Homework Hassle Part 2

TGSG Note: The following interview was conducted by Tracy Stevens, an educator and blogger I follow on her great blog — A Better Education. Tracy is dedicated to bringing creativity, enjoyment and passion to today’s education system, a goal we all share here at TGSG. The interview with Sara Bennett is reprinted here with permission, and is a great follow-up to Sara’s post here yesterday. See ya outside! – The Grass Stain Guru

I recently interviewed education activist and advocate, Sara Bennett. Sara co-authored “The Case Against Homework” and has a blog on the subject at StopHomework.com The book shows how homework not only does not boost academic achievement, it also causes a whole host of problems for children and families. It is peppered with both homework horror stories and success stories of parents who have successfully handled the homework issue. Specific examples are given of how to advocate on your child’s behalf and significantly lighten (or eliminate) the load, including how to talk to teachers or administrators with diplomacy and how to form committees to change school policy. The results are surprisingly positive and even when the outcome is not as what was hoped for, she suggests a homework triage system and guides the reader on recognizing homework assignments that add value and those that do not. It proposes a much more careful approach to homework to make it meaningful rather than burdensome busy work.

1.  Sara, as a lawyer for battered women, you are no stranger to advocating for those who don’t have much of a voice. How did you get into doing this work?

I was shocked when my oldest child went to first grade and brought home homework. I thought it was a bad idea from the very beginning, and back then it was only a reading log. We would fill it out without telling him, but at the Parent Teacher Conferences, his teacher said that he needed to write it. But he couldn’t write yet and that didn’t seem to be the way to practice writing, by entering in book titles. We also didn’t want to artificially limit his reading time to 10 minutes, making him think it odd to want to read more. We wanted him to continue to love being read to and eventually to love to read to himself.

At the time I was already forty and very self confident, so I wasn’t at all intimidated by his teacher who was young enough to be my daughter. After that, every year my husband would have a yearly chat with the head of the school about the philosophy of homework. Even when the head, whoever it happened to be, admitted that we had some valid points, we were told that we were the only family who considered homework to be a problem. As the years progressed, I got a reputation for being vocal about homework and parents started to come up to me and ask me whether I could raise the issue with the teacher or at a school meeting. By 2004, when my oldest child was in 8th grade, I went to a meeting where people were talking about all the practices that were in place so that kids could get their homework done, even when they had stayed at home because they were sick. It just seemed ridiculous, and I stood up and said that I wanted to form a committee to look at homework and was anyone else interested in joining me. Several parents did and I discovered that I wasn’t the only voice in the school complaining about the homework load. By the end of that year, we changed several things in the homework policy.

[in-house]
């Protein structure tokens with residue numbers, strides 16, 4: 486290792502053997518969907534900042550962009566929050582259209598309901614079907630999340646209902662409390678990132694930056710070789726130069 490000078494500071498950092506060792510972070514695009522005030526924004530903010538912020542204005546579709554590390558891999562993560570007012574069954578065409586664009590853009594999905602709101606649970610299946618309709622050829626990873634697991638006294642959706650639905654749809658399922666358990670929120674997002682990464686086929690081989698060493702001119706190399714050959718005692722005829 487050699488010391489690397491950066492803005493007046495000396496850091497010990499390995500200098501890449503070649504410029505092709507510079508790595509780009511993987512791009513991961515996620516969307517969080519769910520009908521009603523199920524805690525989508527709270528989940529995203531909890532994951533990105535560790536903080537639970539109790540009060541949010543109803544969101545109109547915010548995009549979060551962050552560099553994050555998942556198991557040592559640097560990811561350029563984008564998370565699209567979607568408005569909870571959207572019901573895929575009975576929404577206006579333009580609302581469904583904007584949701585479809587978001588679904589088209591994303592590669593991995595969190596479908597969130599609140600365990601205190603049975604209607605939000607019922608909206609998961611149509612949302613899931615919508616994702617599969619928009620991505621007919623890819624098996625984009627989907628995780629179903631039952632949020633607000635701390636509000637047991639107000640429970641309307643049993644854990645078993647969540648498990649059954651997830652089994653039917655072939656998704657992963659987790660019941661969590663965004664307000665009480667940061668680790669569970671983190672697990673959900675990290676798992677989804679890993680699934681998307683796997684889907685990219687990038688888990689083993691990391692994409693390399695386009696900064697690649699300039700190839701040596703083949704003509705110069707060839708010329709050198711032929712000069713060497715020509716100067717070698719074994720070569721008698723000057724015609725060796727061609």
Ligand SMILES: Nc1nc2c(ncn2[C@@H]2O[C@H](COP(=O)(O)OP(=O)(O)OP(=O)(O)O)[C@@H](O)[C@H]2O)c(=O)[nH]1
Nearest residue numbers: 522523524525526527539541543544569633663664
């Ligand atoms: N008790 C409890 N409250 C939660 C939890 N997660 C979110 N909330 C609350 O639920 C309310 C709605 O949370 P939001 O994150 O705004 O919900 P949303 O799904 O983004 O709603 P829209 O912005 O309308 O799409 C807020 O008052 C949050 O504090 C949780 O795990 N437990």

My son always had a really easy time in school and he could do his homework quickly and efficiently. That made us very good advocates, because no teacher or principal could ever even hint that homework was a problem because he might have a learning issue. He could do it; we just didn’t want him spending his time that way, especially since the homework seemed to be busy work.

2.  What kind of homework is more meaningful and what kind of homework is not useful?

Most homework is not meaningful. Elementary school homework is waste of time. There is no correlation between homework and academic achievement. Projects tend to be the worst because kids most often can’t do it alone and there is not much learning that happens, it’s just compulsory. Reading is always important, but it’s not important what a child reads, so I would encourage pleasure reading. Math homework is especially problematic in that it is difficult to find homework exercises that add value. Typical homework in history or English is to read and answer questions at the end, which is completely useless. It trains the kids not to read for interest or comprehension, but to look for the answers embedded in the text. I know my point of view is radical, but there are plenty of teachers who don’t assign homework. They utilize their class time, making homework unnecessary. In college you take 3-4 classes and for every class you expect about 3-4 hours of homework. This makes sense because your classroom hours are minimal and you need to have independent study time in preparation for the classes. In grade school the students are in school the majority of the day, so this model doesn’t make sense.

3.  What do you say in answer to the defense that homework is a great way to understand what your child is working on in class and how well he or she understands it?

A student should not need to spend a lot of time on homework every day so that parents know what they are doing. Ask them what they are doing! Communicate with the teacher! If there is something that is really interesting at school, you will hear about it.